La Salle County, Texas

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La Salle County, Texas
2013 La Salle County, TX Courthouse photo IMG 7718 1.jpg
The La Salle County Courthouse in Cotulla has undergone extensive renovation and nears completion in the summer of 2013.
Map of Texas highlighting La Salle County
Location in the U.S. state of Texas
Map of the United States highlighting Texas
Texas's location in the U.S.
Founded 1880
Named for René-Robert Cavelier, Sieur de La Salle[1]
Seat Cotulla
Largest city Cotulla
 • Total 1,494 sq mi (3,869 km2)
 • Land 1,487 sq mi (3,851 km2)
 • Water 7.5 sq mi (19 km2), 0.5%
 • (2010) 6,886
 • Density 4.6/sq mi (2/km²)
Congressional districts 23rd, 28th
Time zone Central: UTC-6/-5

La Salle County is a county located in the U.S. state of Texas. As of the 2010 census, its population was 6,886.[2] Its county seat is Cotulla.[3] The county was created in 1858 and later organized in 1880.[4][1] It is named for René-Robert Cavelier, Sieur de La Salle, a 17th-century French explorer.[1]


Early history[edit]

The area of present-day La Salle County was occupied by the Coahuiltecan Indians until the 18th century, when they were squeezed out by the Spanish from the south and the Apache from the north. After the Mexican War of Independence, the Mexican government used land grants to encourage settlement, but very few settled in the area. By 1836, the area was entirely populated by Indians.[1]

Between the Texas Revolution and the Mexican War the area of present-day La Salle County lay in the disputed area between the Rio Grande and the Nueces River. Desperadoes ruled the area, as neither the Mexican government nor the Republic of Texas could gain control. The Treaty of Guadalupe Hidalgo assigned the Nueces Strip to Texas in 1848, but outlaws and hostile Indians delayed settlement of the area.[1]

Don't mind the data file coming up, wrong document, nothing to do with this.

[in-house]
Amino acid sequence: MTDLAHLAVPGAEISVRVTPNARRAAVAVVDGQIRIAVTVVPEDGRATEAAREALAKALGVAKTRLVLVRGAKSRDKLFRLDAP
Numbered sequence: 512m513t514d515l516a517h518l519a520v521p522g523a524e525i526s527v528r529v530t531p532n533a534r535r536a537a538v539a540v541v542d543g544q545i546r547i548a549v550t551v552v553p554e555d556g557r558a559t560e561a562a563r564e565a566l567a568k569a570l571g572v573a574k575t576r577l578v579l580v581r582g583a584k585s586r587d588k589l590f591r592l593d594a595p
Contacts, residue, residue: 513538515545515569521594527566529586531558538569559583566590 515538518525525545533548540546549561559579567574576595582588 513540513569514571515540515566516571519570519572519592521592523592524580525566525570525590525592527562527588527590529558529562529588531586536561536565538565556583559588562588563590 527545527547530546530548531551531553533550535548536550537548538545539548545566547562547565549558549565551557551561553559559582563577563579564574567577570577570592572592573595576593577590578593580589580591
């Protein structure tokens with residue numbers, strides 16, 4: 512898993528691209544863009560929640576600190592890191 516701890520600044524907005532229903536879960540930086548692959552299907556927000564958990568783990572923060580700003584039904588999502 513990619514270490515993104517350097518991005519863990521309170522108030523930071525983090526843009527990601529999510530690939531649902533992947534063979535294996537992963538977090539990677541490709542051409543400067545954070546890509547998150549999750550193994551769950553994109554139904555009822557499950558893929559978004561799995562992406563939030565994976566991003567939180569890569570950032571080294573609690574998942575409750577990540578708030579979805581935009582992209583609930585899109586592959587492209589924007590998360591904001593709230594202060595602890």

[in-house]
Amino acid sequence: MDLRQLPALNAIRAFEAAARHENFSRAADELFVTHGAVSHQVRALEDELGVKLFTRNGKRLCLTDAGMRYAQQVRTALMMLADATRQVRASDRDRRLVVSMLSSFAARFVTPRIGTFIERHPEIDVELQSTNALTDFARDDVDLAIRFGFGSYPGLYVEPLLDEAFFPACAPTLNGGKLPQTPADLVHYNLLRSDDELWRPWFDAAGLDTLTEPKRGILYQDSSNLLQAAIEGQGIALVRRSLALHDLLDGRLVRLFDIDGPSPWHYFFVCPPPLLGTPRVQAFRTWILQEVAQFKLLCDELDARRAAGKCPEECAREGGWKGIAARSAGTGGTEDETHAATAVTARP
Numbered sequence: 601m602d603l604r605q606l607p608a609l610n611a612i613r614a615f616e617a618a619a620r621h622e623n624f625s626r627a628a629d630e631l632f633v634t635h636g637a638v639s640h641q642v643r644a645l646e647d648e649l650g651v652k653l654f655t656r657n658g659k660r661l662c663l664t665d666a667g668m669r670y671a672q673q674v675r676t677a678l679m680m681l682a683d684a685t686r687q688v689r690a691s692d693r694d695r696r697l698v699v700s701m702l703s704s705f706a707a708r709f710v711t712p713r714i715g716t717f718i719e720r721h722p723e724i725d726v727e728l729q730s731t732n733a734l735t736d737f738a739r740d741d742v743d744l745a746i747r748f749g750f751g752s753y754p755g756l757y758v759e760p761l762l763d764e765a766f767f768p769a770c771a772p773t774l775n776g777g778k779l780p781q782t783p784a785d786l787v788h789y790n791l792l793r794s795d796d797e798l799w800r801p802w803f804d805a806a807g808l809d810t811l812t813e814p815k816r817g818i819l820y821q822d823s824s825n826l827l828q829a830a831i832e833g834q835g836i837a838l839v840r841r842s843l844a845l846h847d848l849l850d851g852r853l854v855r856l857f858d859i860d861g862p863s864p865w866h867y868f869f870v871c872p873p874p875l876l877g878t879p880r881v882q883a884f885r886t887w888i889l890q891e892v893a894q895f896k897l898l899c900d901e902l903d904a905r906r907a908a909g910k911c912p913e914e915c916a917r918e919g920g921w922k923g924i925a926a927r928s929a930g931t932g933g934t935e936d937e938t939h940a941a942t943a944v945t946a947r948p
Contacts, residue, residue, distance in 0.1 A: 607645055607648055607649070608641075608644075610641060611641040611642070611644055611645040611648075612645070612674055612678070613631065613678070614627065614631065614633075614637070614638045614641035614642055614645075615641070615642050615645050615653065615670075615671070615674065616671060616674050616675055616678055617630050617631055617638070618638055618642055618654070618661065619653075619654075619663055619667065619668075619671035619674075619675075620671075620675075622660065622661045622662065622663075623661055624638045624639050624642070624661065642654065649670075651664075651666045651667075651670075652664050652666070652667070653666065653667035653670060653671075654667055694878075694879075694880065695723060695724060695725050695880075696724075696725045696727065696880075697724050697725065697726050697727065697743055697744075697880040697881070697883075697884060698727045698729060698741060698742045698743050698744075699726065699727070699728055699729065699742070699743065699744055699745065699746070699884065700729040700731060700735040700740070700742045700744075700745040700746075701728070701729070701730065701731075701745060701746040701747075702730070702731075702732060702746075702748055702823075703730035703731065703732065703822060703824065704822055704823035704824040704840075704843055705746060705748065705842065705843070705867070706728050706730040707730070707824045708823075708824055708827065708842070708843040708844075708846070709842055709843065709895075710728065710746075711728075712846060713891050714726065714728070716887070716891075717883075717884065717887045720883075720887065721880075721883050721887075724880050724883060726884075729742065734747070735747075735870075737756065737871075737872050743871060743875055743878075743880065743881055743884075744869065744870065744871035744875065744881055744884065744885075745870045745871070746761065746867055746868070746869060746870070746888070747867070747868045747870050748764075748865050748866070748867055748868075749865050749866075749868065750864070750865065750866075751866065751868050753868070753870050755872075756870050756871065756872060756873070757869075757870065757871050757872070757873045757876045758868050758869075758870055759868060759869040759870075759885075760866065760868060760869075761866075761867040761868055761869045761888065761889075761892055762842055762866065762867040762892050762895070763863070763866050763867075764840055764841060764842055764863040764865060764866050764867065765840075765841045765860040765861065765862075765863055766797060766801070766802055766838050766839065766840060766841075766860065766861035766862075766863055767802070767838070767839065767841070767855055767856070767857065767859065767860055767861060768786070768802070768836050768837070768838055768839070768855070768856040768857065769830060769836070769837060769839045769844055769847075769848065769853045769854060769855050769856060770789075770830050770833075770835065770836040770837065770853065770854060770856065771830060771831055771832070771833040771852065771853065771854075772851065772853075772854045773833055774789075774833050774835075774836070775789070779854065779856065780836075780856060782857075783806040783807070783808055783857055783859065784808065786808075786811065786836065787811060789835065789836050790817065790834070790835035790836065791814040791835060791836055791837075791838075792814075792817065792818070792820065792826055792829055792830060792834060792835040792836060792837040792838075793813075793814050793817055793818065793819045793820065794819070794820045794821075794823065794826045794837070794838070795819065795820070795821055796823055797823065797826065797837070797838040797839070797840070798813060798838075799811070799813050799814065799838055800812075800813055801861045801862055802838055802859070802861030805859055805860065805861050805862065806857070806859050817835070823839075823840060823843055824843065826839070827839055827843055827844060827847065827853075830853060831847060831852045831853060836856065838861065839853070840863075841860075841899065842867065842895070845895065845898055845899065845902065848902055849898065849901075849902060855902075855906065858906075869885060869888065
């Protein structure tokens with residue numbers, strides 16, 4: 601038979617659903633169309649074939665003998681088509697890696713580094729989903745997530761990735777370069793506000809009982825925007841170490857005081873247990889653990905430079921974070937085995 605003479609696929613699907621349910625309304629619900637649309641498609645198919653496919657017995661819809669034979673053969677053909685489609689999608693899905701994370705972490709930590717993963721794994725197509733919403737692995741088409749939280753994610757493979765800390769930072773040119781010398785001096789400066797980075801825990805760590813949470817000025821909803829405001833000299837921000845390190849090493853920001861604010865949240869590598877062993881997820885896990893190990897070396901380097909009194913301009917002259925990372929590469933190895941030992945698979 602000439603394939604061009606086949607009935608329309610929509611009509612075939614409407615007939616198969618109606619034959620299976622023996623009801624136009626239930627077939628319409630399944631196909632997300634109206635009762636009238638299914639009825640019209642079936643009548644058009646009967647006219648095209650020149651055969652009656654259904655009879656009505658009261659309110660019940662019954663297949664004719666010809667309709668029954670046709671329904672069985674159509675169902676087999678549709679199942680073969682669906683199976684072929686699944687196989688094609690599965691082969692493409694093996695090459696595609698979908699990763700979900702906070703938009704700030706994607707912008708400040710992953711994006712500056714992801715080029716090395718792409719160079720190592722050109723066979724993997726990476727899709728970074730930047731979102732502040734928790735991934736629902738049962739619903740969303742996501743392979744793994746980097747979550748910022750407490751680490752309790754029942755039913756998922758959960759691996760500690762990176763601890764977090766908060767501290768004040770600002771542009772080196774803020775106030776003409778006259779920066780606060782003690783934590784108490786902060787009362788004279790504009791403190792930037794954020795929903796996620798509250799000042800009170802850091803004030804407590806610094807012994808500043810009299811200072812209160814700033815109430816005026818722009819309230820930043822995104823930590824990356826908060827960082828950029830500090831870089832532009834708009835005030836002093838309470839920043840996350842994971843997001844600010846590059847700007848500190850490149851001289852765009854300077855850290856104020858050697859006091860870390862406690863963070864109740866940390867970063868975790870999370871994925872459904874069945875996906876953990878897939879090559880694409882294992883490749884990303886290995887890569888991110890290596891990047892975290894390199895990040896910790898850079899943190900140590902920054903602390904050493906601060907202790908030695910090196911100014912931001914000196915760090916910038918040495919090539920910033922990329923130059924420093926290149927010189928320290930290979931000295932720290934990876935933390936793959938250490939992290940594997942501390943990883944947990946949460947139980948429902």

La Salle County was officially formed in 1858 from the Bexar District. The first settlements were established on the road from Laredo to San Antonio. In 1852, the Army established Fort Ewell near present-day Artesia Wells where the road crossed the Nueces River to protect travelers on the road. The fort was abandoned in 1854, and the remaining inhabitants moved to the settlement of Guajoco, located one and a half miles from the fort. By 1871, around 60 people lived in Guajoco, mostly of Mexican descent.[1]

In 1856, William A. Waugh of Ohio established a ranch where the San Antonio–Laredo road crossed Cibolo Creek. His ranch headquarters became a stopping point for travelers and in 1879, a post office was established there with the name Waugh's Rancho. Iuka, an early settlement located 8 miles west of present-day Cotulla, was established in 1868 by several families and served as a stage stop and marketplace for cattle-buyers. The settlement established a post office in 1880. In 1870, the population of La Salle County was 69, and by 1880 it was 789.[1]

La Salle County was formally organized in 1880 and Stuart's Rancho, near Guajoco, was designated the county seat. In the early 1880s, the International-Great Northern Railroad laid tracks to the county. Around this time, outlaws were gradually eliminated from the area, and the last Indian raid happened in 1878. These changes help bring stability to the county.[1]

With the arrival of the railroads, settlements such as Iuka and Guajoco were abandoned as inhabitants moved near the railroad tracks. Polish immigrant Joseph Cotulla arrived in La Salle County in 1868 and eventually established a large ranching operation. In 1881, Cotulla donated 120 acres of his land to the railroad for the townsite of Cotulla, and the railroad built a depot there in 1882. While Cotulla continued to develop his town, Iuka's postmaster, Jesse Laxton, developed a townsite just across the tracks named La Salle. La Salle was granted a post office in 1881, and in 1882, was designated the temporary county seat. However, Cotulla became the county seat by special election in 1883.[1]


La Salle County highway visitor center on Interstate 35 south of Cotulla (November 2014)

According to the U.S. Census Bureau, the county has a total area of 1,494 square miles (3,870 km2), of which 7.5 square miles (19 km2) is land and 7.5 square miles (19 km2) (0.5%) is water.[5]